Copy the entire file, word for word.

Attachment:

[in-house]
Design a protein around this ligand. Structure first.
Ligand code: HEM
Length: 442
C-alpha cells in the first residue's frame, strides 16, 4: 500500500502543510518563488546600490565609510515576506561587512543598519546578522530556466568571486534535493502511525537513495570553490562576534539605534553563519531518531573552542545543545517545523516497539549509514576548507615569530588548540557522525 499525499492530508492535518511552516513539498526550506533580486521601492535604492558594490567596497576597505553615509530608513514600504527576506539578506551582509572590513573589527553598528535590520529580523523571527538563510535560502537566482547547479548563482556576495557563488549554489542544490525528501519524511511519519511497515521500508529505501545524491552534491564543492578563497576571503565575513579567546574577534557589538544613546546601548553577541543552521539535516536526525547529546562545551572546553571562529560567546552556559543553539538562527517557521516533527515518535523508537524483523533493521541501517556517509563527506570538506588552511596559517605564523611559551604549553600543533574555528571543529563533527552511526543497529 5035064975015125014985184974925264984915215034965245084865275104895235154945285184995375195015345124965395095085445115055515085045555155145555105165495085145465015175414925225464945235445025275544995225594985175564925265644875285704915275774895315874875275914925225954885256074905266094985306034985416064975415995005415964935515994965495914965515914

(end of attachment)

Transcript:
[in-house]
Design a protein around this ligand. Structure first.
Ligand code: HEM
Length: 442
C-alpha cells in the first residue's frame, strides 16, 4: 500500500502543510518563488546600490565609510515576506561587512543598519546578522530556466568571486534535493502511525537513495570553490562576534539605534553563519531518531573552542545543545517545523516497539549509514576548507615569530588548540557522525 499525499492530508492535518511552516513539498526550506533580486521601492535604492558594490567596497576597505553615509530608513514600504527576506539578506551582509572590513573589527553598528535590520529580523523571527538563510535560502537566482547547479548563482556576495557563488549554489542544490525528501519524511511519519511497515521500508529505501545524491552534491564543492578563497576571503565575513579567546574577534557589538544613546546601548553577541543552521539535516536526525547529546562545551572546553571562529560567546552556559543553539538562527517557521516533527515518535523508537524483523533493521541501517556517509563527506570538506588552511596559517605564523611559551604549553600543533574555528571543529563533527552511526543497529 5035064975015125014985184974925264984915215034965245084865275104895235154945285184995375195015345124965395095085445115055515085045555155145555105165495085145465015175414925225464945235445025275544995225594985175564925265644875285704915275774895315874875275914925225954885256074905266094985306034985416064975415995005415964935515994965495914965515914